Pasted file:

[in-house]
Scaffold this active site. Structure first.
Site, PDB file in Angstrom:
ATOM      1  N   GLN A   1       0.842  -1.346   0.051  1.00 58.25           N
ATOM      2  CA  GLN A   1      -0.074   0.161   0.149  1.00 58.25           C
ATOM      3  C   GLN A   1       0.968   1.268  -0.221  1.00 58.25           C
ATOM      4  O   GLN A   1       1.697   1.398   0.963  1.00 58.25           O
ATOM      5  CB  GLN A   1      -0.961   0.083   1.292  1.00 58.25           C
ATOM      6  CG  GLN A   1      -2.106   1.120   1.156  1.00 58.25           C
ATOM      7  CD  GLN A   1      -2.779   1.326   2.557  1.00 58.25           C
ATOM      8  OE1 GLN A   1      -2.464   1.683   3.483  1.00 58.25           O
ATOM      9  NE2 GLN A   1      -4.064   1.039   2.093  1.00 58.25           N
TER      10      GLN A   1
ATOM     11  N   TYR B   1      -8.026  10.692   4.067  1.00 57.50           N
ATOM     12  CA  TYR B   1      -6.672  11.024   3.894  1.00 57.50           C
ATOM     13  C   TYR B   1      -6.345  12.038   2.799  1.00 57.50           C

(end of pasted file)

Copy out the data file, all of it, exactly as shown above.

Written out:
[in-house]
Scaffold this active site. Structure first.
Site, PDB file in Angstrom:
ATOM      1  N   GLN A   1       0.842  -1.346   0.051  1.00 58.25           N
ATOM      2  CA  GLN A   1      -0.074   0.161   0.149  1.00 58.25           C
ATOM      3  C   GLN A   1       0.968   1.268  -0.221  1.00 58.25           C
ATOM      4  O   GLN A   1       1.697   1.398   0.963  1.00 58.25           O
ATOM      5  CB  GLN A   1      -0.961   0.083   1.292  1.00 58.25           C
ATOM      6  CG  GLN A   1      -2.106   1.120   1.156  1.00 58.25           C
ATOM      7  CD  GLN A   1      -2.779   1.326   2.557  1.00 58.25           C
ATOM      8  OE1 GLN A   1      -2.464   1.683   3.483  1.00 58.25           O
ATOM      9  NE2 GLN A   1      -4.064   1.039   2.093  1.00 58.25           N
TER      10      GLN A   1
ATOM     11  N   TYR B   1      -8.026  10.692   4.067  1.00 57.50           N
ATOM     12  CA  TYR B   1      -6.672  11.024   3.894  1.00 57.50           C
ATOM     13  C   TYR B   1      -6.345  12.038   2.799  1.00 57.50           C